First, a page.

There was a train approaching from the east when I arrived at Ravenhurst Street in Transcona. This north-south street is the first crossing east of CN’s Transcona yard and is a fairly major street, especially with the new housing development in the area.

I quickly set up to record the train, hoping it had the EJ&E locomotive on it.

CN 8958 in Transcona

CN 8958 in Transcona
CN 8958 in Transcona

The train slowly pulled across Ravenhurst and entered the yard. The lead units were “not the locomotives you’re looking for” but I had some hope that the EJ&E unit was in the middle or on the end of the train. I had a bit of waiting to do.

It turns out that I had a lot of waiting to do.

The train stopped shortly after the locomotives crossed Ravenhurst, then started up again, slowly. After a while, it stopped again. And again.

I think they had to keep stopping so the conductor could dismount and line some switches. This train was really long and I think they were yarding it.

While I was waiting at the crossing, the line of cars along Ravenhurst kept getting longer and longer. A few people got out of their cars to have a smoke or just stretch their legs, and a few came over to chat with me – mostly curious about what I was doing.

MAERSK all the way
MAERSK all the way

It was a lovely morning to be standing outside, so I didn’t mind too much.

All in all, the crossing was blocked for 26 minutes as the train slowly made its way into the yard.

Eventually, the tail end came into view and…

IC 2709 trailing
IC 2709 trailing

Sadly it was IC 2709 on the tail end, not the sought-after EJ&E heritage locomotive. 2709 is a locomotive I’ve seen several times already.

Oh well.

Here’s the video – only showing the interesting parts!

There was an eastbound train waiting to depart the yard, too. I was really hoping that they wouldn’t start heading out immediately – that would’ve been cruel to the drivers waiting to go.

CN 8878 at Transcona

CN 8878 pulling eastward
CN 8878 pulling eastward

Fortunately, they waited a few minutes for the traffic to clear before they started pulling. I photographed them at the Ravenhurst crossing, then relocated a bit east to catch them passing the east-facing signals protecting the yard.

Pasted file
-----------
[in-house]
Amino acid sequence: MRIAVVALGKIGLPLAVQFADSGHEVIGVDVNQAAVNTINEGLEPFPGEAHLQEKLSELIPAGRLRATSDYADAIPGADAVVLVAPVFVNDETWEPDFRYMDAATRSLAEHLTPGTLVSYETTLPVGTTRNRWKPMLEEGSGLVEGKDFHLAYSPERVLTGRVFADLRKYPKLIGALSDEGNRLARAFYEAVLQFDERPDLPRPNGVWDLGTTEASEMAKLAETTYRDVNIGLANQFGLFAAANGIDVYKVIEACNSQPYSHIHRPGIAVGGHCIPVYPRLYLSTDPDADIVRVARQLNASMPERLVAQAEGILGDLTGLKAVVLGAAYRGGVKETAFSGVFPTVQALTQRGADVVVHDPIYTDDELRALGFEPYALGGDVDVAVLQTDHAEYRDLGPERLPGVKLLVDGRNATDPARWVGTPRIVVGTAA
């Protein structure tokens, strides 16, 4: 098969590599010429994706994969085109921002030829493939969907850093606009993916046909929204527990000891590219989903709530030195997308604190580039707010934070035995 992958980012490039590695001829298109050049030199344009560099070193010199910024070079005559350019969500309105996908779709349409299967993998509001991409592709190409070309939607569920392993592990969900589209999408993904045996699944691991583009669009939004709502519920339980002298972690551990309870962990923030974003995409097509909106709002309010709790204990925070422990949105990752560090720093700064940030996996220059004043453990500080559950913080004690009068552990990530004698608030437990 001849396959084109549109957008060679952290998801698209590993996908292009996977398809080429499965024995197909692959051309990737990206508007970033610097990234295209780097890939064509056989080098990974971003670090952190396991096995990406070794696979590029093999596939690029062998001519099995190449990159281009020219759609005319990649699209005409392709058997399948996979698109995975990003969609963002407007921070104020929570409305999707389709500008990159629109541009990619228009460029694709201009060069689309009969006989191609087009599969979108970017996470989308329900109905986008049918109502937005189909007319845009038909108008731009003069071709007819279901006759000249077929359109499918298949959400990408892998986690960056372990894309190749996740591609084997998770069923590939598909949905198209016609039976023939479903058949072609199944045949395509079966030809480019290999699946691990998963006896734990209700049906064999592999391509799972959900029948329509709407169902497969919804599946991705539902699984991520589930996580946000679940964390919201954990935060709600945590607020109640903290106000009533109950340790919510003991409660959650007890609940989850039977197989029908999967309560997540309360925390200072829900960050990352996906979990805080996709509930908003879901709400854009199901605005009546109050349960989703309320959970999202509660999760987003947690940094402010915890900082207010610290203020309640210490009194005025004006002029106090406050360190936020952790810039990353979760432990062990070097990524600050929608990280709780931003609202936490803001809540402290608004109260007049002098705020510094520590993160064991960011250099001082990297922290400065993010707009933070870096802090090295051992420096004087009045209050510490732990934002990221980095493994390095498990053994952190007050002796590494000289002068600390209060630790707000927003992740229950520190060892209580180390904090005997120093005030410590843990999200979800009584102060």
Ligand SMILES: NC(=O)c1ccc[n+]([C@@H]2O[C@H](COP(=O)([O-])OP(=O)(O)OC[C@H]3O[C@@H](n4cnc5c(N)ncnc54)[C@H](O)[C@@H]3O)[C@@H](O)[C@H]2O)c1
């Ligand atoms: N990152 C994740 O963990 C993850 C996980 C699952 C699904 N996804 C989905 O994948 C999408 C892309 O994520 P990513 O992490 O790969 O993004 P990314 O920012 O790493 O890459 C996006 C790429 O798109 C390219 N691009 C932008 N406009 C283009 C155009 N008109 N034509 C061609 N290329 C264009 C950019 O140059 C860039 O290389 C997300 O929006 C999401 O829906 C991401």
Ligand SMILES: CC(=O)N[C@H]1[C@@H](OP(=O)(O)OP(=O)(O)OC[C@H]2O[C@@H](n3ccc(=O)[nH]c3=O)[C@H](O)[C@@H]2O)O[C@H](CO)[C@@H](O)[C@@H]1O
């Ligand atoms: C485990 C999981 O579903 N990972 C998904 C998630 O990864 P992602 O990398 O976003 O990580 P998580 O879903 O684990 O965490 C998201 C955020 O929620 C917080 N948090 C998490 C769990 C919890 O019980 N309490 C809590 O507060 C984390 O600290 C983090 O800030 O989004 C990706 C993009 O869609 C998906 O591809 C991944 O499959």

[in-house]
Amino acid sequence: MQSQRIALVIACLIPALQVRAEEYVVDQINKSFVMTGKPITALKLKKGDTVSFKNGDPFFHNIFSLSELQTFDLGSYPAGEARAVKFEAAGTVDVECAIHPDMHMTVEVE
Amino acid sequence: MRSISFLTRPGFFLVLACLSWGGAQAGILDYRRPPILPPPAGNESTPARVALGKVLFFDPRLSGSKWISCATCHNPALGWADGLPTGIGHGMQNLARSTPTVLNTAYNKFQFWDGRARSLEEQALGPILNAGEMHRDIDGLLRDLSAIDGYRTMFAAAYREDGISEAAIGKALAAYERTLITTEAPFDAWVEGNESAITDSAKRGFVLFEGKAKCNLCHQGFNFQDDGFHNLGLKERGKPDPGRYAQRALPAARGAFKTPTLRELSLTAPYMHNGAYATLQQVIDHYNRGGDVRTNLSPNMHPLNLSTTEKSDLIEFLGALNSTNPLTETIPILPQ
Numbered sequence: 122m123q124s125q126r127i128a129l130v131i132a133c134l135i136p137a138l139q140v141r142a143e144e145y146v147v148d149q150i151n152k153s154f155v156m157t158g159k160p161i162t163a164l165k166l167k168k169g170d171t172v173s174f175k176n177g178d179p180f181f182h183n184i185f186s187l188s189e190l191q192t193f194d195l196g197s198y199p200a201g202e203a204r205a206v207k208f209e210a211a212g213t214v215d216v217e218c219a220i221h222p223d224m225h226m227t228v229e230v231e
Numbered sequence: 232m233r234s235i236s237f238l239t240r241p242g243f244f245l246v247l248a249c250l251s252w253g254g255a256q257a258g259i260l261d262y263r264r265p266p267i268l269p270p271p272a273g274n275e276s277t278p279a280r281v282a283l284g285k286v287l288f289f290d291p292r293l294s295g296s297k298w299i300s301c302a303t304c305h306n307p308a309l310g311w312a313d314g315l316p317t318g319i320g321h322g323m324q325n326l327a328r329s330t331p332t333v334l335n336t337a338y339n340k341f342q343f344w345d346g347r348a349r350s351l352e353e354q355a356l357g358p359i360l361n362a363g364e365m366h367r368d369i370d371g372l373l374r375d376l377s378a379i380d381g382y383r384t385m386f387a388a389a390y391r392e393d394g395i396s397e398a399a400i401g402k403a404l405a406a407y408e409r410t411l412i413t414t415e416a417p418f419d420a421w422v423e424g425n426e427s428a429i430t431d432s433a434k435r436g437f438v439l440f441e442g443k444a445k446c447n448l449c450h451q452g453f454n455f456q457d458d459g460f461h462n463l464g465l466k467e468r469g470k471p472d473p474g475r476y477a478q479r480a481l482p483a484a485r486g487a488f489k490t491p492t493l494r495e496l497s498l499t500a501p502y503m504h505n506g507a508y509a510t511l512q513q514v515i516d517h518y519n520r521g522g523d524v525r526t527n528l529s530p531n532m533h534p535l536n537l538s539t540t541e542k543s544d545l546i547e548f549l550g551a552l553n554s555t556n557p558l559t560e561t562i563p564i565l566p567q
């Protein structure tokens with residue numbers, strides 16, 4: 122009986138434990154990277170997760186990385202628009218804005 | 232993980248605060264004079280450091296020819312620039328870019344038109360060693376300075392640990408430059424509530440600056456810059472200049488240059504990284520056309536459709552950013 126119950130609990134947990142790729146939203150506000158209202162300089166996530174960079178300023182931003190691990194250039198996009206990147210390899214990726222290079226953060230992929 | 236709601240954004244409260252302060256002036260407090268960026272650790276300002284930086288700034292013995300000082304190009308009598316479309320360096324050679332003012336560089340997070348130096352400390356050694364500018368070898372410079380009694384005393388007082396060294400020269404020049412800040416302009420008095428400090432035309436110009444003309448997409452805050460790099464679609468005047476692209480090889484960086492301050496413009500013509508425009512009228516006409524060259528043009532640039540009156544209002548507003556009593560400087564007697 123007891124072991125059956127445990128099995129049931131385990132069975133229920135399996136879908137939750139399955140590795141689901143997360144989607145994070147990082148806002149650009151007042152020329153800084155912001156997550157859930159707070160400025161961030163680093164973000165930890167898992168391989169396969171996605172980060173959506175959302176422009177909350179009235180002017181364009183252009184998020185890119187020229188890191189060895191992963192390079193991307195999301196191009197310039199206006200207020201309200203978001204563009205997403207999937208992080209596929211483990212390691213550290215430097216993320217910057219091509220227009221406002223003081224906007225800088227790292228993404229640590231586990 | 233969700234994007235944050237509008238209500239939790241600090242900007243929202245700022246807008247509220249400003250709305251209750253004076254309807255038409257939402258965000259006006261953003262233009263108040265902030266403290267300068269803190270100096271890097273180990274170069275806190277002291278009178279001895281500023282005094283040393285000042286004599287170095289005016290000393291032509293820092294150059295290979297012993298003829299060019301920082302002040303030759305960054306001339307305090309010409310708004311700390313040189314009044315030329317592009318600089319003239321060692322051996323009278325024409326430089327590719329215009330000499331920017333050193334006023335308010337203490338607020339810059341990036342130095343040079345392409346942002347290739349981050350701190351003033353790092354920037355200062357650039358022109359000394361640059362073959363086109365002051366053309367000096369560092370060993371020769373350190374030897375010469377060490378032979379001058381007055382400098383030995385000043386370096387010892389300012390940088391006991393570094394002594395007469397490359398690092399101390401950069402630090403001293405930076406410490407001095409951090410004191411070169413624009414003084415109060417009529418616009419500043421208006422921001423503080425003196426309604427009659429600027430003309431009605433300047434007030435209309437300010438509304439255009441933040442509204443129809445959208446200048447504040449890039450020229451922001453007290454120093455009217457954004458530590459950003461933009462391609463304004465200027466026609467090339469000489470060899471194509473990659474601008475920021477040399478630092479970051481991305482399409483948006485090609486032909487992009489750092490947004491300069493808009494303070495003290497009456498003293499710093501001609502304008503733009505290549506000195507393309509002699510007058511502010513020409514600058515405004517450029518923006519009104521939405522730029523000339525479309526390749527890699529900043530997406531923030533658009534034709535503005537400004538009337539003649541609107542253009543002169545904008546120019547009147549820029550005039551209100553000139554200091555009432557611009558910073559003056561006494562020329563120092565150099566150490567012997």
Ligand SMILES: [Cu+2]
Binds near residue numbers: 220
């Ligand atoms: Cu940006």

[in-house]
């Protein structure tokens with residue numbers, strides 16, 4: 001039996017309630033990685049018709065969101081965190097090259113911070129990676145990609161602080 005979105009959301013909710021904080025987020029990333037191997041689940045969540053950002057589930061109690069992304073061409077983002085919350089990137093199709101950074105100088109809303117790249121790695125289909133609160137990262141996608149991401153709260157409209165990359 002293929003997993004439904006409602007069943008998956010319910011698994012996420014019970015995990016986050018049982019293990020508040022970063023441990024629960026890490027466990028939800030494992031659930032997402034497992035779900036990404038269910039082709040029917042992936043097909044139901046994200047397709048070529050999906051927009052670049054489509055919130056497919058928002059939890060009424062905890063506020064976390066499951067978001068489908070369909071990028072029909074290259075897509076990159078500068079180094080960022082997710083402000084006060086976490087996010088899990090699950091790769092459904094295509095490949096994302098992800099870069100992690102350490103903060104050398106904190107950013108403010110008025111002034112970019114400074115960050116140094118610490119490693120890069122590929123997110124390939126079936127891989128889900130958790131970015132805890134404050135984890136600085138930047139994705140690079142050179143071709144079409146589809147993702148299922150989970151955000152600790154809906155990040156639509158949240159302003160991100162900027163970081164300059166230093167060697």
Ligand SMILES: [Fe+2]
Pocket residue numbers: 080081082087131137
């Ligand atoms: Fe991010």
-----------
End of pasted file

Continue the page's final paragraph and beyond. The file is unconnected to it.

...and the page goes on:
Passing the signals
Passing the signals

That was it for me – a lot of driving but well worth it, in my opinion.

4 thoughts on “A Lot of Driving”

  1. I like seeing those Maersk containers plugged into the CN power unit. Though I’m not really a follower, I think CN has some new power containers. Not as smoky and exhaust-stained! Also, several other lines’ white containers will be marshalled around them. They’re quite striking in an entire multi-coloured train and usually at head-end or rail-end for quick removal and addition due to high value refrigerated or even frozen(?) lading.

    Thanks for sharing this lot of driving, Steve!
    Eric

    Reply
  2. Hi Steve,
    I have several questions for you about drones:
    1). I find that taking pictures in general and train pictures in particular takes all my concentration to get “that perfect shot”. So my question is. How can you take photos AND fly a drone at the same time without effecting the results of one or both?
    2). I live in Ottawa and a lot here was been written about recently “requiring” taking training before buying a drone. I have decided to buy a Mavic Mini at your advice. It weighs in at <250g. Is this true or is it just for the heavier drones?
    Thanks in advance for your advice.

    Reply
    • Hi Ian, thanks for your questions. Generally I concentrate on the drone and picture taking is a bonus. For example I might have a telephoto lens on my camera and take a few shots as the train approaches, then switch to the drone control and pivot the drone as the train goes by. I’m always shooting video with the drone so it’s capturing even when I’m not paying attention to it.

      <250g drones do not require any license or training. The only Transport Canada directive for small drones is basically "don't be stupid".

      Keep in mind that if you add anything at all to your Mavic Mini, it may go above 250g and require a license to fly it.

      Reply